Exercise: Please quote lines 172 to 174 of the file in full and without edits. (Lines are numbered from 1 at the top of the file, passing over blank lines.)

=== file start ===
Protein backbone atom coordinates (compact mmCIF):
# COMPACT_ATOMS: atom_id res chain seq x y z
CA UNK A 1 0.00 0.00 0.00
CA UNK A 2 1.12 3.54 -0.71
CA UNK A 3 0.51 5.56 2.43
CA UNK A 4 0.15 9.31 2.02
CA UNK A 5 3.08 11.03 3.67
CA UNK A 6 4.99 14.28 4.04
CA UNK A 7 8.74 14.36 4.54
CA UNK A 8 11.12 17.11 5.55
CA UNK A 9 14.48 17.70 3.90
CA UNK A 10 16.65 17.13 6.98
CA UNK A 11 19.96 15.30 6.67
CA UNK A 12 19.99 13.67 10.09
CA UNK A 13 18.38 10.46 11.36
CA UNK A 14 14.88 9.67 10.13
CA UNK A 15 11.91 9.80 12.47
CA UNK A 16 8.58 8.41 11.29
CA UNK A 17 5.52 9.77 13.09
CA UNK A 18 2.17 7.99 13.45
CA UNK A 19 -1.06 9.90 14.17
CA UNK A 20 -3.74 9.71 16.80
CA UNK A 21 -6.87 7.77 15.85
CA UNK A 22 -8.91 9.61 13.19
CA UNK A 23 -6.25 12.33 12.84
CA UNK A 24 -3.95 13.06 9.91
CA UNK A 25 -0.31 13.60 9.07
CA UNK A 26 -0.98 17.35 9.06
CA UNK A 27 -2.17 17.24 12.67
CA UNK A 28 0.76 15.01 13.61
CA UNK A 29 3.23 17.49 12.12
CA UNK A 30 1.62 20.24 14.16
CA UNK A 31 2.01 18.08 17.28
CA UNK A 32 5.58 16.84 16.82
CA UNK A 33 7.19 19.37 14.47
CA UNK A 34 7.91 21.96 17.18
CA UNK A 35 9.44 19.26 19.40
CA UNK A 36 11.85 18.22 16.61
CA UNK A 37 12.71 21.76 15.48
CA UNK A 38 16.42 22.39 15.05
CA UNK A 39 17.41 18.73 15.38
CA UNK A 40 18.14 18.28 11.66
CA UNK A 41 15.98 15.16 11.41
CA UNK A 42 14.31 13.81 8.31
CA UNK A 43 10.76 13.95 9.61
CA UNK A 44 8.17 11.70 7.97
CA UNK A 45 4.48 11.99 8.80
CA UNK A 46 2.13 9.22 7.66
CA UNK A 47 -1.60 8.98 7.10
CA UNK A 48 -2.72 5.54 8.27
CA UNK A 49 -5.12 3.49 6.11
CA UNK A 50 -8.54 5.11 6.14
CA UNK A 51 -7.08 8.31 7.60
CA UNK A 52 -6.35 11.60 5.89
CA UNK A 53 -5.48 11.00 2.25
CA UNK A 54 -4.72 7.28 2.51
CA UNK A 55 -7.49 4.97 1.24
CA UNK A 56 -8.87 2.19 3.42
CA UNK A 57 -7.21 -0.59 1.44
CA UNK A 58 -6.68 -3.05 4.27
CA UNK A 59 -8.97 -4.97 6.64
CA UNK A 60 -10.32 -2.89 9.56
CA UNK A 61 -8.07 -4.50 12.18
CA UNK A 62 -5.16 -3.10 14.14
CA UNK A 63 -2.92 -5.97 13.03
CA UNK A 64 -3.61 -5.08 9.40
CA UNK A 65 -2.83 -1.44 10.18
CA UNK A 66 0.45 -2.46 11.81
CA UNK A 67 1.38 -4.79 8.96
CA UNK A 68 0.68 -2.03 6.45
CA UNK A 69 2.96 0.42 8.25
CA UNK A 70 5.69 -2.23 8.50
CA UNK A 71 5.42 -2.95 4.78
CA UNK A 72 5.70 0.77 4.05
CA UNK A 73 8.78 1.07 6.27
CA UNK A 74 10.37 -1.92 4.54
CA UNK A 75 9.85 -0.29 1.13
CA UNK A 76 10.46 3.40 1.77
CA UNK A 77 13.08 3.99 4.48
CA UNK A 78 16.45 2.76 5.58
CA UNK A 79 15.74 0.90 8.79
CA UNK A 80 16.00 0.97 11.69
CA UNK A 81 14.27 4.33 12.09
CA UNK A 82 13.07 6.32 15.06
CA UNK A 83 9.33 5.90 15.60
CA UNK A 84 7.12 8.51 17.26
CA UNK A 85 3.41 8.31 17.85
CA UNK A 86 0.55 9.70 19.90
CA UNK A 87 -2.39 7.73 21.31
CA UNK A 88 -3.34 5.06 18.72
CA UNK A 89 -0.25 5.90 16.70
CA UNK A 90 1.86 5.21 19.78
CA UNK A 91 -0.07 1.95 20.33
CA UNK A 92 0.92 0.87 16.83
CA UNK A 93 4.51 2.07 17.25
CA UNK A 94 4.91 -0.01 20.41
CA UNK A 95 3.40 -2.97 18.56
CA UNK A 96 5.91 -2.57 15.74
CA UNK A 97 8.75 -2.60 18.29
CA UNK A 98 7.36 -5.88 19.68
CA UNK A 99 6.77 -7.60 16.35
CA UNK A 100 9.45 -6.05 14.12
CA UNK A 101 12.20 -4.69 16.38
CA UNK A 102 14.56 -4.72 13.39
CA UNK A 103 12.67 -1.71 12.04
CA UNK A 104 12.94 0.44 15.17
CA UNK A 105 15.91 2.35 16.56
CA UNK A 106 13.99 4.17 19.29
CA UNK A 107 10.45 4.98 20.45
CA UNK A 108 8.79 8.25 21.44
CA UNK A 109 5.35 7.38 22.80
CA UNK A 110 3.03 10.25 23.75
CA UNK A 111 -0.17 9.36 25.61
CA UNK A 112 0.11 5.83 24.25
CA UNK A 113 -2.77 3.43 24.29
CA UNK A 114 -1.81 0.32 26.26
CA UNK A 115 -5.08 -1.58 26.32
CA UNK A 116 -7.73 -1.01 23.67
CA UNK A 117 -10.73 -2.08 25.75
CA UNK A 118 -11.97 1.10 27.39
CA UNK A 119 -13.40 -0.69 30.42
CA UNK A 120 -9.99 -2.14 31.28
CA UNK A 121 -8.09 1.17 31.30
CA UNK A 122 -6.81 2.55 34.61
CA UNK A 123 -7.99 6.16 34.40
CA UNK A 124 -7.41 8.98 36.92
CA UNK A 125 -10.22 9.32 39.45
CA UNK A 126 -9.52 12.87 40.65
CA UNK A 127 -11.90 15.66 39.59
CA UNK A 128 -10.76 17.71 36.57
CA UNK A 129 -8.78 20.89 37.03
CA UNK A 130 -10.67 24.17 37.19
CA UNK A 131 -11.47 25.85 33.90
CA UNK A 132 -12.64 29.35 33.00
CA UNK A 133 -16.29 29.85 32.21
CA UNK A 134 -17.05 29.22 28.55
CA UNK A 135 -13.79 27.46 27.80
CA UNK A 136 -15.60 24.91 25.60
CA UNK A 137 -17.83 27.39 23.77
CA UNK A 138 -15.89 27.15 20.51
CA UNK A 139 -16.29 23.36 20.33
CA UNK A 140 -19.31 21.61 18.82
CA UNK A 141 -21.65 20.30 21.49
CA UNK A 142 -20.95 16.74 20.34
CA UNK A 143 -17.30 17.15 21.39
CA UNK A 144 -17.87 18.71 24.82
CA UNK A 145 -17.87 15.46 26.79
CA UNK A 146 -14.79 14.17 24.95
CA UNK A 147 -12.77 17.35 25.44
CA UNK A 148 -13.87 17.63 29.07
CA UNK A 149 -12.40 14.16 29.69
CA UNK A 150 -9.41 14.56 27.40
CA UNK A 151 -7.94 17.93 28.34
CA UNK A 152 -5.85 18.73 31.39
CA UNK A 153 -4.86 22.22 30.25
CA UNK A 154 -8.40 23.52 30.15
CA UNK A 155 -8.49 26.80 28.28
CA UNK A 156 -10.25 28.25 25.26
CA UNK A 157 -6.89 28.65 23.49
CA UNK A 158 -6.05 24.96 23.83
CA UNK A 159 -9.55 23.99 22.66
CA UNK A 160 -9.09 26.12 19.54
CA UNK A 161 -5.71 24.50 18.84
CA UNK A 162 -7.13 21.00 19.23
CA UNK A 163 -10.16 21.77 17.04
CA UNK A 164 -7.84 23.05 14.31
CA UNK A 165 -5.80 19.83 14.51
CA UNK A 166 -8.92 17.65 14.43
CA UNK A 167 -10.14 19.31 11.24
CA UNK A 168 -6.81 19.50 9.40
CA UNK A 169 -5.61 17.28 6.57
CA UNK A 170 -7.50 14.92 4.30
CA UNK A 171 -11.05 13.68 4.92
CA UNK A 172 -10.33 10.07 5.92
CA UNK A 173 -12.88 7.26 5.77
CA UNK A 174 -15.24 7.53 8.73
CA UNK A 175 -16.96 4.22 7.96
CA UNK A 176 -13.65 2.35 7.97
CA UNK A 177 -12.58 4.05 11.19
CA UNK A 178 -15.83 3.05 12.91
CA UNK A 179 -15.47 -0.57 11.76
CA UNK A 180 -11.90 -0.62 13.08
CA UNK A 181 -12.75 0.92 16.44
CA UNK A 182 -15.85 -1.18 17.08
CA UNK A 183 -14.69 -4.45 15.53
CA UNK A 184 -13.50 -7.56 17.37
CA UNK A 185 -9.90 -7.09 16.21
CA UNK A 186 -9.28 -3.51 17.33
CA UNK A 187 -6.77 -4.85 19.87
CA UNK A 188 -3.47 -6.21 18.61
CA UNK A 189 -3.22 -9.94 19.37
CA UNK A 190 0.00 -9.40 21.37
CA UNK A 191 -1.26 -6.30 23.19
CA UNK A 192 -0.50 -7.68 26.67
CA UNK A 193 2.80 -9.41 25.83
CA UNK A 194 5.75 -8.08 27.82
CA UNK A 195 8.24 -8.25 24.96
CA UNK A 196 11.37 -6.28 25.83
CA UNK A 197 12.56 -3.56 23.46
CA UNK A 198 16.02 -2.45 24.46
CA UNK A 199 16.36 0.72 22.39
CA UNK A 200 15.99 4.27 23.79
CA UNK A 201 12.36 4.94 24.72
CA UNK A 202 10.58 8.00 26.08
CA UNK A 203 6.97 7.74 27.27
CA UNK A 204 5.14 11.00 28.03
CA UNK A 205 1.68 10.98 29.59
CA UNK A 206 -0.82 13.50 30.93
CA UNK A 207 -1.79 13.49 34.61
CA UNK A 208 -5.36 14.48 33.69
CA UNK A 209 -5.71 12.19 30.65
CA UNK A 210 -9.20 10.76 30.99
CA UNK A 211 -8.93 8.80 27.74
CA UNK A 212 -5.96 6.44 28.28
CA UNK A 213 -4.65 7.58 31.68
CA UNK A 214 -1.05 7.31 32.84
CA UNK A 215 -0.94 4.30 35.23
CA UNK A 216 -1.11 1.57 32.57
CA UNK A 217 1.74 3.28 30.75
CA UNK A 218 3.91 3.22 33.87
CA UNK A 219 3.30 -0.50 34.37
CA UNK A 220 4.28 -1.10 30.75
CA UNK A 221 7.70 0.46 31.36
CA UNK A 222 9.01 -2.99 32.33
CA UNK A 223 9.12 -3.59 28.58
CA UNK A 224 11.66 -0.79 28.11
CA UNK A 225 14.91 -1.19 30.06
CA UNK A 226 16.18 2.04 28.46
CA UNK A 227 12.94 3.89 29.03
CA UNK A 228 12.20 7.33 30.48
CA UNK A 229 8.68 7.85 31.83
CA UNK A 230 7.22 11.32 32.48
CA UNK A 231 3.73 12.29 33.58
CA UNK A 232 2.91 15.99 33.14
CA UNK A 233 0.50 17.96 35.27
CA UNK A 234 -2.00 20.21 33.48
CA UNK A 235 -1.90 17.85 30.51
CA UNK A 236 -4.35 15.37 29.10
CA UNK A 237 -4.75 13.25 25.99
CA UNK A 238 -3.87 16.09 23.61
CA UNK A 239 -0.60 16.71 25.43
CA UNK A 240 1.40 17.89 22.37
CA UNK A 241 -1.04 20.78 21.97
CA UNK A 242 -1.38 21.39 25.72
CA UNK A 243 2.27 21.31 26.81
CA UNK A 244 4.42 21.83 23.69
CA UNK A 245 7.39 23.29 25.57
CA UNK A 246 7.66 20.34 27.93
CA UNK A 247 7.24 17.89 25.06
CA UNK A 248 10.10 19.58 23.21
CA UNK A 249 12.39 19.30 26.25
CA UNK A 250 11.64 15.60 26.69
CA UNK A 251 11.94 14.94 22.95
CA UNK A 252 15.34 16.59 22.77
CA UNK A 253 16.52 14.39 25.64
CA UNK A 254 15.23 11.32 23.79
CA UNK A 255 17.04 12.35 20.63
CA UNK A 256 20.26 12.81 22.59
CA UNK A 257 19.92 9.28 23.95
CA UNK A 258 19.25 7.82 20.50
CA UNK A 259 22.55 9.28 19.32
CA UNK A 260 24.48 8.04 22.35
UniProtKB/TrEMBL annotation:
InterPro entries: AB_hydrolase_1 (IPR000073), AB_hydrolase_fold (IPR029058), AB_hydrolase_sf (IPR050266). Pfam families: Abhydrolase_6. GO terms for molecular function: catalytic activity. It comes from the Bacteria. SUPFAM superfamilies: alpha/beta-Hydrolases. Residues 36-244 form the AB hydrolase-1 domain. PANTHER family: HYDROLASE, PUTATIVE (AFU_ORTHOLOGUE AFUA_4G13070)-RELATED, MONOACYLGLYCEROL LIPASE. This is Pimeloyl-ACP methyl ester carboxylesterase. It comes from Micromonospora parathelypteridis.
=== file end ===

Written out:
CA UNK A 170 -7.50 14.92 4.30
CA UNK A 171 -11.05 13.68 4.92
CA UNK A 172 -10.33 10.07 5.92